|Huka Challenge 2013 (Photo: Bernard Fletcher)|
To give you an idea of my improvements of recent months, the rider who easily beat me at the NZ Masters Games in February, was almost 30 minutes behind, while the person who beat me by a few minutes for the 60+ title in the 83 km Taniwha, a few weeks ago, was about 20 minutes behind this time (bearing in mind that he suffered a puncture, so lost a lot with doing repairs).
I put this latest gain in performance mostly down to getting the iodine and related factors under better control. Athletes appear to be the worst performers on the iodine test. Swimmers and triathletes are shockers (which means they have the most "performance potential").
The new Thyroidine test for assessing one's iodine status and the possible involvement of exposure to toxic halides (fluorine, chlorine and bromine) is proving to be a great hit. You will note, in the articles I have written, of its importance for healthy, strong cardiac function and any ailments to do with "lumps, bumps and hard things" - tendons and bones that don't heal, for example.
This begs the question:
"How much of the slowing down which we attribute to uncontrollable ageing is really due to controllable factors, such as nutrition?"
My plan was to celebrate turning 60 years by feeling healthier and fitter than I was when I depressingly turned 50. My 60th was October this year and it was a celebration indeed!
The morning of my 60th year was celebrated with winning the 50+ age group in the Wellington mountain bike series, elevating me to overall leader in the points series. Furthermore it had me on the top of the vet 3 age group rankings for the NZ Mountain Bike Crown. A few weeks earlier, I competed in my first roadie duathlon in almost 30 years and managed to finish in 3rd place.
This weekend, my partner, Alofa, and I competed in the 83 Km Taniwha which is a mountain bike race the length of the Waikato River Trail. I came 6th overall which was an astonishing delight. It was a tough race. Highlights, other than the exciting nature of the trail (no time for sight-seeing though!) were:
- My average for the 83km of mostly gravel and single track was more than 19km/hr.
- I was hoping to break 5hr 20 min but ended up doing it an hour faster.
- My race tactics worked perfectly: I managed to get in with the chasing bunch and we worked well over the road section. At the end of the road I timed it perfectly to get to the front just as we entered the longest and most technical of the downhills. I got a good break on the bunch which broke up from there. I then concentrated on riding my own race - trying to settle into a rhythm, hydrating and getting lots of energy into me for later. Several riders passed me over the next 10 or so km. At about 60km my patience paid off as I found a second wind and several riders were passed. Although I was tired by the last 5km, I finished strongly.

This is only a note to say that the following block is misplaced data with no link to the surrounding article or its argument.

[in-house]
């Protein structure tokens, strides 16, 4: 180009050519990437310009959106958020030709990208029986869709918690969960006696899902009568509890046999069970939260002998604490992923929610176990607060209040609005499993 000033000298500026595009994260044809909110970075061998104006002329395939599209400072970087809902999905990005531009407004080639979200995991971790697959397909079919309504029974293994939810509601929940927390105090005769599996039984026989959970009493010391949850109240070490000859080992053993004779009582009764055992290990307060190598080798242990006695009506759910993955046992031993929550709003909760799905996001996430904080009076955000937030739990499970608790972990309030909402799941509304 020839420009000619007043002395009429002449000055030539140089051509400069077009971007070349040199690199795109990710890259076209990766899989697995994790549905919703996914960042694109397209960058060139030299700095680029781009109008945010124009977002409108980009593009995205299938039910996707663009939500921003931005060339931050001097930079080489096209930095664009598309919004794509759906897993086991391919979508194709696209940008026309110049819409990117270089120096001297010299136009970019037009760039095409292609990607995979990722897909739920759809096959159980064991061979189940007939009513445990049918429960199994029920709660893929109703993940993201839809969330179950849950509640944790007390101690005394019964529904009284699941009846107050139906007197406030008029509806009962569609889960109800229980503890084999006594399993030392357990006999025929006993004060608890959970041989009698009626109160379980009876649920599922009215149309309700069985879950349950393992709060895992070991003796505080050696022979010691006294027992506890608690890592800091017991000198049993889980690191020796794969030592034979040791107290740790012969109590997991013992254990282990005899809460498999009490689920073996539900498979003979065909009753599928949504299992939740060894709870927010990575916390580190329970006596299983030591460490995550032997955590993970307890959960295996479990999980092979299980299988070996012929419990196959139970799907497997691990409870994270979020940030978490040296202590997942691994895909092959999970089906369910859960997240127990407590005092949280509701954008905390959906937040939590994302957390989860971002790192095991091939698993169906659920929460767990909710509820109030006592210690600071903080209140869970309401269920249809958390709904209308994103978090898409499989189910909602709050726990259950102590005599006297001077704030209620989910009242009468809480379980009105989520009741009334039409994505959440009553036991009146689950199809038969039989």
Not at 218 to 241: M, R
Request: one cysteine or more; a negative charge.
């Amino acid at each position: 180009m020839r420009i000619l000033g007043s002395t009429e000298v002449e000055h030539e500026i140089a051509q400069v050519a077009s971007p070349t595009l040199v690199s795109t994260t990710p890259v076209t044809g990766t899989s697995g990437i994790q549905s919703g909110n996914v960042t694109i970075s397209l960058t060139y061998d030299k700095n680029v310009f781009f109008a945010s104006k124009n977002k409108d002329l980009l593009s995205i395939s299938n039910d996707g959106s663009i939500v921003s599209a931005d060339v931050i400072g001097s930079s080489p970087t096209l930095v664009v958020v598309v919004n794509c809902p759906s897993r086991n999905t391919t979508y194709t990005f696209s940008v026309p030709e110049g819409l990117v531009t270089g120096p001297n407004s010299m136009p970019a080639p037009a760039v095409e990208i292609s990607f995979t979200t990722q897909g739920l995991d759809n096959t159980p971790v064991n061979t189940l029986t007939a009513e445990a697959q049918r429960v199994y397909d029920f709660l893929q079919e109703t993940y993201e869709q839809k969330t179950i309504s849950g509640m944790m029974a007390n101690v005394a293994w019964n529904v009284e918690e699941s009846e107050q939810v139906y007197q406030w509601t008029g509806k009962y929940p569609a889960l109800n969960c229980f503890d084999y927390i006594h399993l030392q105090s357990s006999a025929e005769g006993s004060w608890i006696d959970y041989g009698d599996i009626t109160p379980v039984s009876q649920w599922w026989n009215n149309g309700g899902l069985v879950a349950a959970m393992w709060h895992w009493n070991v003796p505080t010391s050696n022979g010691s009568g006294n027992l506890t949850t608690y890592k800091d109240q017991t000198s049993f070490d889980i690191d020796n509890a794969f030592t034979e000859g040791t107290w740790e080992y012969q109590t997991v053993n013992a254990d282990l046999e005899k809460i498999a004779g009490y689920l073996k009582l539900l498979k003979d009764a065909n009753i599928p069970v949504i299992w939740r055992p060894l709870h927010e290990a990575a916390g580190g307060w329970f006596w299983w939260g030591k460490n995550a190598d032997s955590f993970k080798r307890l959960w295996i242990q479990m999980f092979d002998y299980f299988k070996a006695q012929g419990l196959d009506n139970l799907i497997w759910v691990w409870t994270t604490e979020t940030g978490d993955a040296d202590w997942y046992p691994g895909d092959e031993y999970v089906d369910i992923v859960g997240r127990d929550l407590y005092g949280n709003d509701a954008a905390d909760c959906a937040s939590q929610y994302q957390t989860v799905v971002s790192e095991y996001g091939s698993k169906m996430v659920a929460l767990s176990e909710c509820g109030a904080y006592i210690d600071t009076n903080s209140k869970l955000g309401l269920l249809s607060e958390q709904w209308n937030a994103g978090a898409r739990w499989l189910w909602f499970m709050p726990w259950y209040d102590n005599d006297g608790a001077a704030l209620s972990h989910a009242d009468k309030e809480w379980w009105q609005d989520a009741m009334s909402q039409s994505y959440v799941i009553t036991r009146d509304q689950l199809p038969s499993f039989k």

- My bike (Canondale Scalpel) took a hammering; but never missed a beat. Thanks to James Duncan of Dirt Merchants for the top quality servicing.
- Only problem was feeling a little too loose on the gravel and the many off-camber hairpins. I lost time slowing right down going into corners I would normally hammer. Maybe need a more grippy front tyre?
- I had no cramping. The nutrition balancing (aided by testing) and deep tissue massage continue to work their magic.
- Although I have sore knees, a raw bottom and bruised hands the day after, I am delighted with the recovery. Hardly a single sore muscle!
- Alofa finished in 3rd place for her age group - Congratulations for taking on such a tough challenge and doing so well!
One of the surprises was the performance of vet rider, Rob Garden, who is around 63. Gosh was he good! He got away from me at about the 30km mark, although it appears I made up some of the ground lost later on. He was only a couple of minutes in front by the finish. It is good to have some competition in the 60+ group which is looking very depleted right now. Secretly, I reckon I have the edge over him on the more technical stuff, but who knows for now? What I do know is I am still getting faster.
Since I turned 50 years of age, I estimate that my physical work output has increased by about 25%. That's a huge gain as one gets older because the natural course of events is to get slower with age - not faster - and definitely not 25% faster! And that gain has been 100% without performance enhancing drugs.
Now that's better than Lance, if you ask me!
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